Indice - Table of contents
Reportes: Report From... : Concerts, E...
Reportes: Report From Chicago
Reportes: Report From... : Nuestros Pr...
Fotos: Tom Ehrlich : 10-24-15-yoshis
Resenas: Scenes From Life: Cuba!
Fotos: Tom Ehrlich : 10-2515 Rohnert Park
Fotos: Tom Ehrlich : Chucho Valdes Irakere...
Fotos: Tom Ehrlich : Havana Part 1
Resenas: Tribute to Irakere [Live in Mar...
Fotos: Tom Ehrlich : 1-12-15-havana
Fotos: Tom Ehrlich : 10-11-15-cienfuegos
Resenas: Parafrasear - (EGREM) Released ...
Giras: Revé, Orquesta
Giras: Emilio Frias "El Niño" y La Ve...
Fotos Del Día [hide]
Interviews & Reviews - CD Review - Sonando Ya by Sierra Maestra
CD Review: Sonando Ya by Sierra Maestra (World Village label, 2010)
(Review by Bill Tilford, all rights reserved)
The World Village label was busy with Cuban musicians in 2010. We covered Septeto Nacional Ignacio Piñeiro first due to the way that the tour schedules unfolded, but a few months prior to the release of the Septeto's wonderful Sin Rumba No Hay Son , Sierra Maestra actually beat them out of the gate with Sonando Ya, which was nominated for Best Traditional Tropical Album in the Latin Grammy awards later in the year.
Sierra Maestra is a younger band than Septeto Nacional (it is coming up on the band's 35th birthday in October), but it draws the core of its inspiration from the same source of early traditional Son. Some key differences are that Sierra Maestra's size (Sonando Ya was recorded as a Nonet), the use of some congas and some differences in some phrasings give it more of the fuller conjunto sound that came a little later in the 20th Century, and it casts a slightly wider net than the Septeto when it comes to incorporating more contemporary rhythms into the reportoire. The lead vocal duties are shared among three different band members -Jesús Bello, Virgilio Valdés and Luis Barzága. Different members of the band also contributed compositions to the song list. As is the case with the Septeto, the fact that the music's roots go back a century doesn't make it sound "old" at all. A very important reason why the Son has not died is that from the beginning, it was a form open to improvisation and growth, and the best of its exponents understand this and run with it. As we mentioned earlier, Sierra Maestra is more prone to wander outside of the traditional box, and one of the tracks on Sonando Ya is a non-traditional "fusion" piece with a very contemporary feel.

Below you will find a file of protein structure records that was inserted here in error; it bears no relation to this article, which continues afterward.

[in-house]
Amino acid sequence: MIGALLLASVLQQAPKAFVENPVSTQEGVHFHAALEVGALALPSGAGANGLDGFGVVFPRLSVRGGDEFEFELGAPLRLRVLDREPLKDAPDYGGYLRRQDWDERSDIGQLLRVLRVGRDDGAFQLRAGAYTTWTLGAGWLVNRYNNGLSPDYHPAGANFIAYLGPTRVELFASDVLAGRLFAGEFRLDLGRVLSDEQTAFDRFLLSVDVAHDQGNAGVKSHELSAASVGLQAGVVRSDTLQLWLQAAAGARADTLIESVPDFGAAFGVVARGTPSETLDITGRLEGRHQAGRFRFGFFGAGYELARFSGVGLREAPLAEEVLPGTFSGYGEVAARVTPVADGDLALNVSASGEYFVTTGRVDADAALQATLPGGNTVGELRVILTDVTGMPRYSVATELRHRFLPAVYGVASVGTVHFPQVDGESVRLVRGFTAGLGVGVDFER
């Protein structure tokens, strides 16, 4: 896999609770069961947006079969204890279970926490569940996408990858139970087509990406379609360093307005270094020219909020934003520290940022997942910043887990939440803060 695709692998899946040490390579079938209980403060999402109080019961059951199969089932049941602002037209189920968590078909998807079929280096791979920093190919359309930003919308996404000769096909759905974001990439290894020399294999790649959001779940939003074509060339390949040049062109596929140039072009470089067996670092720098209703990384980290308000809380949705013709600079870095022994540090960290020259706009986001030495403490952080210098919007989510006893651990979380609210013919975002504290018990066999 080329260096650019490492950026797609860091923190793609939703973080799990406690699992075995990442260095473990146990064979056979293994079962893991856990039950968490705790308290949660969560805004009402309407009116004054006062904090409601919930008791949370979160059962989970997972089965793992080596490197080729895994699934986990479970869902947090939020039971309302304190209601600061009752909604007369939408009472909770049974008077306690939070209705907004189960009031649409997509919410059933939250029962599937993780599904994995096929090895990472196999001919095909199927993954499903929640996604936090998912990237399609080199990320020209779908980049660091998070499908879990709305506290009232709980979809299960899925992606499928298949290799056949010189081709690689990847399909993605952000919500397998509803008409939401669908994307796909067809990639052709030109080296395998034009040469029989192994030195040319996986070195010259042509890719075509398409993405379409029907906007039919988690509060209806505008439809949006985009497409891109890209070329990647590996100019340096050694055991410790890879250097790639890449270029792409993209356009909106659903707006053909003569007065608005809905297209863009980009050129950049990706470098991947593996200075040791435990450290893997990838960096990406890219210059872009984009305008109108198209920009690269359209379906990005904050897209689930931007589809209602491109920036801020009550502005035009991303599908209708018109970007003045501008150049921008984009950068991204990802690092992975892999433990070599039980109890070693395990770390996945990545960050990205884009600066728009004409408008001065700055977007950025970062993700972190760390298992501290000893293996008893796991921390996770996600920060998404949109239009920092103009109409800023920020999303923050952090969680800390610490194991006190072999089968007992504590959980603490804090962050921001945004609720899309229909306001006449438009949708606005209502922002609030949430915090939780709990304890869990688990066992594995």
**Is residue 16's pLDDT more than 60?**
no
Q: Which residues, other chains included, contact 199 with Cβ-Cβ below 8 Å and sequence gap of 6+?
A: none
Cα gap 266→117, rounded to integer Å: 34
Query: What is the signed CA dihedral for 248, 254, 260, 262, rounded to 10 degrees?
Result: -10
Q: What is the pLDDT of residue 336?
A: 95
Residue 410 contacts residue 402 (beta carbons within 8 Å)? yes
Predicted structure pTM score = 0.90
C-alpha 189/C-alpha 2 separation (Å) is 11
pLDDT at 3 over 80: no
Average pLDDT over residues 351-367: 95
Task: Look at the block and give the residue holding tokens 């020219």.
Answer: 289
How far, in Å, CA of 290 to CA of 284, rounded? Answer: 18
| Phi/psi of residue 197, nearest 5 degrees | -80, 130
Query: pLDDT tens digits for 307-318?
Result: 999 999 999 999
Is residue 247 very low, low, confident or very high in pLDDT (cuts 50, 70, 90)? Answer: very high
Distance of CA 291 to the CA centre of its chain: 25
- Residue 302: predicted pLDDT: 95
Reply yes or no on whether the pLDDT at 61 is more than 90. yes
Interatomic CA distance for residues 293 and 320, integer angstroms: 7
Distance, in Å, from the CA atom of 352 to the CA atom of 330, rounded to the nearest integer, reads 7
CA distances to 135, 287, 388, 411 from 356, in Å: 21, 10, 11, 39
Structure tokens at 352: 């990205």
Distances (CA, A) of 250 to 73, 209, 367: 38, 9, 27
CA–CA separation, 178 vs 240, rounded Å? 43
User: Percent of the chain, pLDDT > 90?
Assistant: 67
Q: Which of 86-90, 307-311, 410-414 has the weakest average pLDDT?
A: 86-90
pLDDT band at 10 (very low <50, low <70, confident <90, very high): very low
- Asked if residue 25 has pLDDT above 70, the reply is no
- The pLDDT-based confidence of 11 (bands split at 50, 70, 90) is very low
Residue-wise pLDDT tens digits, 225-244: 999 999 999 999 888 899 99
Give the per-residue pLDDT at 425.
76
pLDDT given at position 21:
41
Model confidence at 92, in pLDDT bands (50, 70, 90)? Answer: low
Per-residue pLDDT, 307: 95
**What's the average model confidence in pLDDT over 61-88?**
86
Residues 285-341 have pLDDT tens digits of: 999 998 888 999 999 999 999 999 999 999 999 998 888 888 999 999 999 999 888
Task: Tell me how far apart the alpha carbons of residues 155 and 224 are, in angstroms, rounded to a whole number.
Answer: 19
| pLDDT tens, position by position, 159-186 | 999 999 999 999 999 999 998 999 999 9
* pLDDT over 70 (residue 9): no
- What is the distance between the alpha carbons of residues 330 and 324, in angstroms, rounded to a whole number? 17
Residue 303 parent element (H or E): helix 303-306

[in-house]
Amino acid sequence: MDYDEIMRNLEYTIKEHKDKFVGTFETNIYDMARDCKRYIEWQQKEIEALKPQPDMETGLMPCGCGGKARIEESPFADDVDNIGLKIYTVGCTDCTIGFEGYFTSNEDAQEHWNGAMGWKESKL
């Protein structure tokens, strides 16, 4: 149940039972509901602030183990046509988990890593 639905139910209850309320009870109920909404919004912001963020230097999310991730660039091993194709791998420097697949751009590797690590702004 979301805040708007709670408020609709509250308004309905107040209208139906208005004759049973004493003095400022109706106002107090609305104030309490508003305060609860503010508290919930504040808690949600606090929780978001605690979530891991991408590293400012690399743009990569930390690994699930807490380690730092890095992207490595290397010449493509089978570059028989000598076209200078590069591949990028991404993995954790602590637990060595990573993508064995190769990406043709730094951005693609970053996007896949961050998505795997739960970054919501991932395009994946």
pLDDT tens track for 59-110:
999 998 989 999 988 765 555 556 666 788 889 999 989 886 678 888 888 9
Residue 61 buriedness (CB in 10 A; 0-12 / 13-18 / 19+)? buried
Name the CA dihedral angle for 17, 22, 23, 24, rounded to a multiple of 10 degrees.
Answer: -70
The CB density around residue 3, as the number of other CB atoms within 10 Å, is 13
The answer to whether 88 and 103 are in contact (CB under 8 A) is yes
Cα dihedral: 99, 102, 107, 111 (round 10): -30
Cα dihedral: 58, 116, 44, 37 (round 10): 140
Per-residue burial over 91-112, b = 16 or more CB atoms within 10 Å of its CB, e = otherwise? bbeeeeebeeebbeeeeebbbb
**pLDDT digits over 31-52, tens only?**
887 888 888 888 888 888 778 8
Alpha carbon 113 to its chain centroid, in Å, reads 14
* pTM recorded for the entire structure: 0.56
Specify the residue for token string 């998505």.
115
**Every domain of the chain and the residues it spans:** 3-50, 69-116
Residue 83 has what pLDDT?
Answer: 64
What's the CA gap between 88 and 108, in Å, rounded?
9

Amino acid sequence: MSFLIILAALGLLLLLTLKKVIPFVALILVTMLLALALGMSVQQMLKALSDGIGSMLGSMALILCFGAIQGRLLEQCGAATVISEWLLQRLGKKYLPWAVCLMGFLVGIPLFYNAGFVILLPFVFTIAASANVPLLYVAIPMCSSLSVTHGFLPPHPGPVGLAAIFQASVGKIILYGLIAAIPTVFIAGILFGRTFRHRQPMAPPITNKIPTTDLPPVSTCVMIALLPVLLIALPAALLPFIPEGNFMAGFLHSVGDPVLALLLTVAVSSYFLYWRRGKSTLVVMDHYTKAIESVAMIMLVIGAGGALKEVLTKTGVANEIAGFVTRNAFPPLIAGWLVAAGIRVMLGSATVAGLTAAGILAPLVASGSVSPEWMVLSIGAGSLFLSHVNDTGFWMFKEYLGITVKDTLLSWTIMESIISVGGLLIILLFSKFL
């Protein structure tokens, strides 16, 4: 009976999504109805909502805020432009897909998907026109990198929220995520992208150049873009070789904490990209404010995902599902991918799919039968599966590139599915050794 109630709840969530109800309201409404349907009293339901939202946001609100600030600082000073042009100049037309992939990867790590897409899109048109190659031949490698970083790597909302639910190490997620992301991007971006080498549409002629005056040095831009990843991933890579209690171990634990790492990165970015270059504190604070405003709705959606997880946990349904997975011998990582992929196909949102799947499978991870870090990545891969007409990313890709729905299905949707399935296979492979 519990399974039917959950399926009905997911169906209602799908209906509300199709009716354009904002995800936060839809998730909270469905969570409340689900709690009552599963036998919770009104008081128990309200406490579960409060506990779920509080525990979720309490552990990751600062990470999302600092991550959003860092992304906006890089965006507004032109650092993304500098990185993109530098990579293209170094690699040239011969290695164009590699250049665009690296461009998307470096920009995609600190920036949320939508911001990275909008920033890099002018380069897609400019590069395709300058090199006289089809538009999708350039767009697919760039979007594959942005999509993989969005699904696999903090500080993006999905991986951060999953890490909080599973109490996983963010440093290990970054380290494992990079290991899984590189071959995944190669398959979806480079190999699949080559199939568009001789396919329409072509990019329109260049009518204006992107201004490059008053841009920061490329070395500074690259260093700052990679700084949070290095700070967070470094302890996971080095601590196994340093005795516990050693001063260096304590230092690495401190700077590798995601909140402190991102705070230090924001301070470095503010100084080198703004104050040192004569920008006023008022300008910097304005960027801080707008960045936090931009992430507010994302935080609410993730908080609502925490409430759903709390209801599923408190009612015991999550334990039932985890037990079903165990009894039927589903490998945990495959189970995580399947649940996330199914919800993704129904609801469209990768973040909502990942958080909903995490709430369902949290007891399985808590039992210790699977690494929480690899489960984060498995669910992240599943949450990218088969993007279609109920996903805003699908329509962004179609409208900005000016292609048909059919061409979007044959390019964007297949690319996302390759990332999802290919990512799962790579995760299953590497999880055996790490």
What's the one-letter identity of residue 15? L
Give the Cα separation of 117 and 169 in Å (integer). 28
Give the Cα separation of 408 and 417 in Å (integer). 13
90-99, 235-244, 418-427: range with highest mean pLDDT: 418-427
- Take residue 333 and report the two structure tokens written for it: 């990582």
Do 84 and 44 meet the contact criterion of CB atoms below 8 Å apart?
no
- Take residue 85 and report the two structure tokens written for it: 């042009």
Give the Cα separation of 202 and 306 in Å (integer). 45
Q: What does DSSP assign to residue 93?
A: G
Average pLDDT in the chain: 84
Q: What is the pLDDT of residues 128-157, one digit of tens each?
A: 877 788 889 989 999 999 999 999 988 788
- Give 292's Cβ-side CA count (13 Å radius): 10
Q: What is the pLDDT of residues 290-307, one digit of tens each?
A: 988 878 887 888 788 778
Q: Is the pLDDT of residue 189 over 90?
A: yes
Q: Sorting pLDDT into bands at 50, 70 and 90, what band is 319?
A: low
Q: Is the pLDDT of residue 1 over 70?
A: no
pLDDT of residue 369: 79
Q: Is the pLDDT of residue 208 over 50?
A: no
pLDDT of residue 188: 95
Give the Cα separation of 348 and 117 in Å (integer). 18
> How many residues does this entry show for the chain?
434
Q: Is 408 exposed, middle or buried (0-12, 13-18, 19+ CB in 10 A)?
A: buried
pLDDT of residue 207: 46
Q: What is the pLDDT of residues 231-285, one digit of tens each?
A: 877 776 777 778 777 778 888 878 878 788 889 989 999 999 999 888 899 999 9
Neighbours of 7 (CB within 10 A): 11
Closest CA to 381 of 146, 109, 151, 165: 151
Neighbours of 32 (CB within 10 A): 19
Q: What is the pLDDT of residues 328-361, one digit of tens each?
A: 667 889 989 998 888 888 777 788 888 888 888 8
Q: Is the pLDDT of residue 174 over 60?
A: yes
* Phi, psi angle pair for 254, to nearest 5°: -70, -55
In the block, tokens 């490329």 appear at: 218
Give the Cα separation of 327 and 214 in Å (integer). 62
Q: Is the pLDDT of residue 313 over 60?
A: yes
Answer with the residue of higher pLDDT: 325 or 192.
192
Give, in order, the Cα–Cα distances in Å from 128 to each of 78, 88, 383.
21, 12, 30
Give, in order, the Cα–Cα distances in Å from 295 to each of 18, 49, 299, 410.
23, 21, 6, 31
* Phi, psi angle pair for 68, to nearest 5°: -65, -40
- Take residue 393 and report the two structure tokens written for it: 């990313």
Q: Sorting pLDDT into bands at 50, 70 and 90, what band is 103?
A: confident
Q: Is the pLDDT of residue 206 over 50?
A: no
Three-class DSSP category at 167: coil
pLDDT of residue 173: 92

The recording as whole, aside from being great listening and dancing, is also an excellent way for American dancers to go to school for a little bit about what makes the different rhythms feel different; the CD opens with Pal' Monte , a laid back Son Montuno with some nice call and response trumpet work, followed by two Guaracha Son numbers, Un Toque De Bemb é and No Me Guardes Rencor . This pair opens relatively slowly as Son but then builds into a much faster Guaracha Son tempo as they progress. Another number, La Mulata Presumida , was written by Angel Bonne, and is a swinging modernized Guaracha. Five of the tracks are pure Son and are excellent reminders that some things, including Son, are quite tasty when cooked more slowly. There is also another Son Montuno, a Changui (Juan Andres) and a Conga finale. Overall, a nice variety of tempos in the recording.
The multilingual (English, Spanish and French) liner notes add the nice touch of a synopsis of the song lyrics to the usual personnel roster, band history etc.
The personnel on the recording were
Luis Barzága, Vocals and Claves
Virgilio Valdés, Vocals and Maracas
Jesús Bello, Vocals, Guitar
Eduardo Himely, Bass
Alejandro Súarez, Claves and Cowbell
Carlos Puisseaux, Güiro
Yelfris Valdés, Trumpet
Eduardo Rico, Congas, Bongos, Cowbell
Emilio Ramos, Tres
Since the Latin Grammy folks already weighed in on this one, it's not as if you have to take our word for it, but just in case: ¿Sonando Ya ? Compralo ya...